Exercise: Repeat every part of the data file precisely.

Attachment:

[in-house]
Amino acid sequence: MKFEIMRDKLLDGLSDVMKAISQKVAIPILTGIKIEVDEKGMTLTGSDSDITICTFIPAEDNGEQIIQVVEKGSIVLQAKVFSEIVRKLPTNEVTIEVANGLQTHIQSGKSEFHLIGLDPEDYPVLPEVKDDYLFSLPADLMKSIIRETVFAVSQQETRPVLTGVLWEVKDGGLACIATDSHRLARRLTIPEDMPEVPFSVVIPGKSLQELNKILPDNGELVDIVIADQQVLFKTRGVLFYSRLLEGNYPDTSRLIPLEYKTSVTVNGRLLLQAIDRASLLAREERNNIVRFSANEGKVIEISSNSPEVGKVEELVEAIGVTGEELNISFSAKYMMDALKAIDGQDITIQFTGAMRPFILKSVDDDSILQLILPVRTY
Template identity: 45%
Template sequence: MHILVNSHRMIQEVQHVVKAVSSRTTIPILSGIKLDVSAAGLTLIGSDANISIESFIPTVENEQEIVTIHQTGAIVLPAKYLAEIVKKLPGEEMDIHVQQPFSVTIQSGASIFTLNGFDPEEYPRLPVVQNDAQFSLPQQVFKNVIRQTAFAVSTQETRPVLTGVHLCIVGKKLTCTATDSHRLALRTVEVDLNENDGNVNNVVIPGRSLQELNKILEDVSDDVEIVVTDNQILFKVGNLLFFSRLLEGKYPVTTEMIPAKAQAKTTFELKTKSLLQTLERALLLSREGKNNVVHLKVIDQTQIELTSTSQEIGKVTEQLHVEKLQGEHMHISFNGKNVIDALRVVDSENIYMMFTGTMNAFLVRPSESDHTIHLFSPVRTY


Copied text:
[in-house]
Amino acid sequence: MKFEIMRDKLLDGLSDVMKAISQKVAIPILTGIKIEVDEKGMTLTGSDSDITICTFIPAEDNGEQIIQVVEKGSIVLQAKVFSEIVRKLPTNEVTIEVANGLQTHIQSGKSEFHLIGLDPEDYPVLPEVKDDYLFSLPADLMKSIIRETVFAVSQQETRPVLTGVLWEVKDGGLACIATDSHRLARRLTIPEDMPEVPFSVVIPGKSLQELNKILPDNGELVDIVIADQQVLFKTRGVLFYSRLLEGNYPDTSRLIPLEYKTSVTVNGRLLLQAIDRASLLAREERNNIVRFSANEGKVIEISSNSPEVGKVEELVEAIGVTGEELNISFSAKYMMDALKAIDGQDITIQFTGAMRPFILKSVDDDSILQLILPVRTY
Template identity: 45%
Template sequence: MHILVNSHRMIQEVQHVVKAVSSRTTIPILSGIKLDVSAAGLTLIGSDANISIESFIPTVENEQEIVTIHQTGAIVLPAKYLAEIVKKLPGEEMDIHVQQPFSVTIQSGASIFTLNGFDPEEYPRLPVVQNDAQFSLPQQVFKNVIRQTAFAVSTQETRPVLTGVHLCIVGKKLTCTATDSHRLALRTVEVDLNENDGNVNNVVIPGRSLQELNKILEDVSDDVEIVVTDNQILFKVGNLLFFSRLLEGKYPVTTEMIPAKAQAKTTFELKTKSLLQTLERALLLSREGKNNVVHLKVIDQTQIELTSTSQEIGKVTEQLHVEKLQGEHMHISFNGKNVIDALRVVDSENIYMMFTGTMNAFLVRPSESDHTIHLFSPVRTY